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20 Years Later, Homestead Reflects on Hurricane Andrew

Hurricane Andrew left 250,000 people homeless and killed 15

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    NEWSLETTERS

    Almost 20 years to the day that Hurricane Andrew wiped through South Florida, residents of Homestead gathered to commemorate the storm’s anniversary. The feeling was much different Tuesday, as residents who had withered the storm smiled and shook hands. Resident Teddy Hurlbert called the storm a "life-changing event." (Published Tuesday, Aug 21, 2012)

    Almost 20 years to the day that Hurricane Andrew wiped through South Florida, residents of Homestead gathered to commemorate the storm’s anniversary.

    The feeling was much different Tuesday, as residents who had weathered the storm smiled and shook hands.

    "It was a life-changing event and it wasn’t all bad for us,” Teddy Hurlbert said. “It gave us a new perspective on life, makes us grateful. I can’t take a shower without remembering there was no hot water."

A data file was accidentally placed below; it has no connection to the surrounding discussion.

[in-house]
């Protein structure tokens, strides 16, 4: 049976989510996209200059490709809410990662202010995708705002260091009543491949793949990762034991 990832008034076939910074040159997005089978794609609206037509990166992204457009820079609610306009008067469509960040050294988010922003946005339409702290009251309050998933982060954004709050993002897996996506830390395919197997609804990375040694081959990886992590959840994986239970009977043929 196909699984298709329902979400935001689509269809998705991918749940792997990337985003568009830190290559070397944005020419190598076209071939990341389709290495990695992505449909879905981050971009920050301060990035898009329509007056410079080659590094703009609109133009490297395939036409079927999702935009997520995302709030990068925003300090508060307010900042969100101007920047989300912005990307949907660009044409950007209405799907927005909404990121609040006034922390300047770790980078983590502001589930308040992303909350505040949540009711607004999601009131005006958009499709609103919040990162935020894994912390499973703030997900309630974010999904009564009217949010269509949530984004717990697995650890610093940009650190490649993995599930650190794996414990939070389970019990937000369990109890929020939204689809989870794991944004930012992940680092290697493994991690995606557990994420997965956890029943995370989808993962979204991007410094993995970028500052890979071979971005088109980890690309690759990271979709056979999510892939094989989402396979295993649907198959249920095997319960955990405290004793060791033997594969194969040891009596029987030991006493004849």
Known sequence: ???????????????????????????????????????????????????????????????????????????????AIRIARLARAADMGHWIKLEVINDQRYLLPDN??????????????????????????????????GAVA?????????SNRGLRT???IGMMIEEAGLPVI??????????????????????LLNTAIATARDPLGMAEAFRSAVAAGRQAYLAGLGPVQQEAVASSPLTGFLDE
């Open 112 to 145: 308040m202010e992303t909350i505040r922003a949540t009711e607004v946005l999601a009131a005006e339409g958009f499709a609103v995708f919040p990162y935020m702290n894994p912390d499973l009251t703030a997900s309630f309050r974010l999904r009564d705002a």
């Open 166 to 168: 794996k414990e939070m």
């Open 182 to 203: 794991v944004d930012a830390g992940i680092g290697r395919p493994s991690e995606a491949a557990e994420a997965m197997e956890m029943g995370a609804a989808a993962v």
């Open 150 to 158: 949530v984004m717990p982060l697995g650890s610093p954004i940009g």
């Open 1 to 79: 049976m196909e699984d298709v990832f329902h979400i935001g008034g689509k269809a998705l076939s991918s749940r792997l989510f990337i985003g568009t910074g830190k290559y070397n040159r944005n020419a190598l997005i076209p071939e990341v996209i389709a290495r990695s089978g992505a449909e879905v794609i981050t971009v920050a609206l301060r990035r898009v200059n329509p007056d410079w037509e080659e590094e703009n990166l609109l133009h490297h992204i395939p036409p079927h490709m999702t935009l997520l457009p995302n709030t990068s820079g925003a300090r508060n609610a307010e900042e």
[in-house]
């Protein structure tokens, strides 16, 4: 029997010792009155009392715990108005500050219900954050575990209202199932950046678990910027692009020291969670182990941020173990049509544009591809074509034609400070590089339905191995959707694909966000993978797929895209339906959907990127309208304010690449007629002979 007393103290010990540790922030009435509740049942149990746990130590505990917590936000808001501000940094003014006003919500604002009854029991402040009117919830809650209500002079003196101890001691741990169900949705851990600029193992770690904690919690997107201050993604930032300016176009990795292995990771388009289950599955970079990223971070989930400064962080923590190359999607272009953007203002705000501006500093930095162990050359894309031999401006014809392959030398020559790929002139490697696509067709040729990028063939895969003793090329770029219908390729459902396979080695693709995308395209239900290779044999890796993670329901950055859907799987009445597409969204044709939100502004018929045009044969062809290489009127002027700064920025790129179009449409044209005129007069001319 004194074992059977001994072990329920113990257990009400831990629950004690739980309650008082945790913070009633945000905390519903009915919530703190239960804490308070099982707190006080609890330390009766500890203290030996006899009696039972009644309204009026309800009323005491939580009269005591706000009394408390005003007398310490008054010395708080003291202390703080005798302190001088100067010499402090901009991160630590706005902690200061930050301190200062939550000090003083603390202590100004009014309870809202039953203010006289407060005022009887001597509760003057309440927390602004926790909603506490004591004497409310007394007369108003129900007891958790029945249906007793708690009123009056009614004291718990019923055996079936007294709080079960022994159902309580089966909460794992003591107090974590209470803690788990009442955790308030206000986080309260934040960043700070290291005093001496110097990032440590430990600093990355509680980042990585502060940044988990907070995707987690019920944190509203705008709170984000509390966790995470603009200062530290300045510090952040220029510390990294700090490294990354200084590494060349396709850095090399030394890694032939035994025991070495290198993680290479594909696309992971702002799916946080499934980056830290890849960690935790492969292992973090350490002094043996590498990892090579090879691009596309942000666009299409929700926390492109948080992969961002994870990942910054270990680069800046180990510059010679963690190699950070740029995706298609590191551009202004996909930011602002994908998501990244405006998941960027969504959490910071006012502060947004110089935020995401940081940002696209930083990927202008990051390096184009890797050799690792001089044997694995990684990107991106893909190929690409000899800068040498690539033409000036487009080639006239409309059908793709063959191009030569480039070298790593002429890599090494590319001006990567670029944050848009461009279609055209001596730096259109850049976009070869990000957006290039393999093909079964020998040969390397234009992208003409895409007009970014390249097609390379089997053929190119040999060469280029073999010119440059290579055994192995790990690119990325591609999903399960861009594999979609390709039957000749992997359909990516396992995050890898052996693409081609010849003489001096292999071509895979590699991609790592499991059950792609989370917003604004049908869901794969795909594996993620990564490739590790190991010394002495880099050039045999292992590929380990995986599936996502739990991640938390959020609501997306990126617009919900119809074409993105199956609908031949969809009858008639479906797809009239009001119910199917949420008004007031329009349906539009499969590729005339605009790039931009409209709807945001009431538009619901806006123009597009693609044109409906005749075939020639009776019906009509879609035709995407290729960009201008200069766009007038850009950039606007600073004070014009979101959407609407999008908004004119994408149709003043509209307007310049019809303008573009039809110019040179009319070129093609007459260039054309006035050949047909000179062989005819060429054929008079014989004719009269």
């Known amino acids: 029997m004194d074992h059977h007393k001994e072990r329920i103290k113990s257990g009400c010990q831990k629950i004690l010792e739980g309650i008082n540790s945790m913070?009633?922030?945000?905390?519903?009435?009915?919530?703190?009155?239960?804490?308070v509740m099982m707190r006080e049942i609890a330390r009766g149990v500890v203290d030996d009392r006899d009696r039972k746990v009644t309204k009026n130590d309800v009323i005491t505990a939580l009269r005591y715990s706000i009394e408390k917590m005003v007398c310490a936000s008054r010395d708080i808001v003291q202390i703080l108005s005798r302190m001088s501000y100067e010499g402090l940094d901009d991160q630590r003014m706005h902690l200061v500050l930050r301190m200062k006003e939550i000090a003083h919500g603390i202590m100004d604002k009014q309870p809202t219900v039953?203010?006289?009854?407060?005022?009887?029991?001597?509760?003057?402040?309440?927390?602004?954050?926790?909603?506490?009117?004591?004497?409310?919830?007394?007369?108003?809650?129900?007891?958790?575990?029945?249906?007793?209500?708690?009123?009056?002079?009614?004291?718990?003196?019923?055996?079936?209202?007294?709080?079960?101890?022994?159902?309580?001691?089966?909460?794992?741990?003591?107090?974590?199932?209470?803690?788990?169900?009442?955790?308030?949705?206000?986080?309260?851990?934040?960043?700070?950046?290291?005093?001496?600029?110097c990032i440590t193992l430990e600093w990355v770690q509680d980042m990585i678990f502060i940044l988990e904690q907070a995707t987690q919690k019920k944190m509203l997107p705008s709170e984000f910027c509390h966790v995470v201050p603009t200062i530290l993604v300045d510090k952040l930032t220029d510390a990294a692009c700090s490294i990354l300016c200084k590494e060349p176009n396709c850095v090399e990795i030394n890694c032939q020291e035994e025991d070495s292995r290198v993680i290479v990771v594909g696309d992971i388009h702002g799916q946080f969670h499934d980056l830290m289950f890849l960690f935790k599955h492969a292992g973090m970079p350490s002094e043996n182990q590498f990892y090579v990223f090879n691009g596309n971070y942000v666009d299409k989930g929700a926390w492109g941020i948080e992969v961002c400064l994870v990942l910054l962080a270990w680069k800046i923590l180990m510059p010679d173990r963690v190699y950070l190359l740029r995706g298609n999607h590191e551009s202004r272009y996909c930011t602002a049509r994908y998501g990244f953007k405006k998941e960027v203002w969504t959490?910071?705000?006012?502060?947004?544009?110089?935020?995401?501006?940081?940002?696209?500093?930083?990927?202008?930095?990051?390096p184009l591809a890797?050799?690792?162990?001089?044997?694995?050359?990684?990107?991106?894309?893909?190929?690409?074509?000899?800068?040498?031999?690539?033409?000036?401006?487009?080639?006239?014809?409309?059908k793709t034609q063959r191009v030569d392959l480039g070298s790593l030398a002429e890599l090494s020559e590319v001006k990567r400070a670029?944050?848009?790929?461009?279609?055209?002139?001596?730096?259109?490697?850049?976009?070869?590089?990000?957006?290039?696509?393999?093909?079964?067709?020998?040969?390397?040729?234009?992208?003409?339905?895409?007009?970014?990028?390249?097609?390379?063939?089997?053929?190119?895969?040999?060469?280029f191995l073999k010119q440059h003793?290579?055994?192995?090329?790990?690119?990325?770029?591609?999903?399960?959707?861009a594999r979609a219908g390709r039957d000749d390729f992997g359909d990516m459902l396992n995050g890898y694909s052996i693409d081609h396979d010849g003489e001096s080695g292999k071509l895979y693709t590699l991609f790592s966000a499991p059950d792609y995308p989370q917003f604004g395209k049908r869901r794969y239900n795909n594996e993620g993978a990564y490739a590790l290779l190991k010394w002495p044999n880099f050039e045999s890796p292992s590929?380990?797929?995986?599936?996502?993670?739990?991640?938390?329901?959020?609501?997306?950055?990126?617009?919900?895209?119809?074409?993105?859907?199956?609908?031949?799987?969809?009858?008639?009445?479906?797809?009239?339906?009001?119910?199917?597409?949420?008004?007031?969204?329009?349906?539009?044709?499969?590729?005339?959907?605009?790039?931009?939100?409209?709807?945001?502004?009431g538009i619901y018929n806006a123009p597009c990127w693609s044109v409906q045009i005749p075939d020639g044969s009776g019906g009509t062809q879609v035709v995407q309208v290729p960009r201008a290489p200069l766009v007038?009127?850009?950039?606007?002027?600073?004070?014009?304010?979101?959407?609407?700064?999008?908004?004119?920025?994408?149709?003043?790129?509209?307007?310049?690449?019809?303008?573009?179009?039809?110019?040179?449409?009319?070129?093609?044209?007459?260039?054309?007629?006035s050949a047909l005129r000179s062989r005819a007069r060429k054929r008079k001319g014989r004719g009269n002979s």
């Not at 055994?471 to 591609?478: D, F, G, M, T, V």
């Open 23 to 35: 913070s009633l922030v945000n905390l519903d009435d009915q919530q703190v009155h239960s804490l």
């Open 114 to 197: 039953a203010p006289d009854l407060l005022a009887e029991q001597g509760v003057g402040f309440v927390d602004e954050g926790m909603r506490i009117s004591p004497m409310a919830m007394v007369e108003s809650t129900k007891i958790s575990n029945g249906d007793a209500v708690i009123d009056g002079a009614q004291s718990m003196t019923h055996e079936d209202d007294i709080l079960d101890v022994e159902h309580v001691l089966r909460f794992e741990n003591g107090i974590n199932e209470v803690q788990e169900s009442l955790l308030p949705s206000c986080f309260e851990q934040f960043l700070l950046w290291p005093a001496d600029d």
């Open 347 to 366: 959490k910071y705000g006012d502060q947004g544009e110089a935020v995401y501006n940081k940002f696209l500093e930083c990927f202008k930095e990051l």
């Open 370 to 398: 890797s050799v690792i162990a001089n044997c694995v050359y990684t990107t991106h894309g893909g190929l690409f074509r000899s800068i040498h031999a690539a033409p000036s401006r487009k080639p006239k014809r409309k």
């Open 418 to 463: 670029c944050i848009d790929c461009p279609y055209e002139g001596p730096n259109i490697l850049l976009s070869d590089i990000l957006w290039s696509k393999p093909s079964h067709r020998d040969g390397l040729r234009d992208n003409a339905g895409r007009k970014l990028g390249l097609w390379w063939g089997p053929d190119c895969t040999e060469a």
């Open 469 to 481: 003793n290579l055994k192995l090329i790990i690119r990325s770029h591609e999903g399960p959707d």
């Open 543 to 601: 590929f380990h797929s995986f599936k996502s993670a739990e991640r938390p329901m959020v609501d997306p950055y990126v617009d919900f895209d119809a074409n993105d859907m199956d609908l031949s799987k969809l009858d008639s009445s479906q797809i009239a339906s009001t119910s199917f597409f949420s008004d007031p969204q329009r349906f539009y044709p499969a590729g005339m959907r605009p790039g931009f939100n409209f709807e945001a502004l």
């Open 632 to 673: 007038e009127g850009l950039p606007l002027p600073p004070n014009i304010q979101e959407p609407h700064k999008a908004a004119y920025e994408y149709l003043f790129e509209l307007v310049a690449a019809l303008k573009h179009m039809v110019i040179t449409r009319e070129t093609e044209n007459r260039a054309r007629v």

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    On Aug. 24, 1992, Hurricane Andrew destroyed 28,000 homes and affected 82,000 businesses. The storm also displaced 250,000 people and killed 15.

    Pastor Brock Shiffer, who lived in the plagued region, credited God with getting him through the storm.

    “So we all poured into that church that Sunday morning, probably the most packed service I’d been in in years, and we thanked God for getting us through,” he said. “We were left to rebuild our homes. I had a good insurance policy and between God and that insurance, we rebuilt and moved on."

    At the event Tuesday, NBC 6’s chief meteorologist John Morales said Hurricane Andrew was a reminder of what can brew off the Florida coast.

    “Hurricane Andrew reminds us that it only takes one, even with little hurricane activity in the Atlantic, a major hurricane can approach and wreak havoc," he said.

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    Ed Bowe was a Homestead police officer when the storm hit, and is now the emergency services director. He told NBC 6 South Florida that Hurricane Andrew helped residents be better prepared for tropical storms today.

    “We are a lot better prepared as a community,” he said. “Building codes are better, hopefully homes will hold up better than they did back then."

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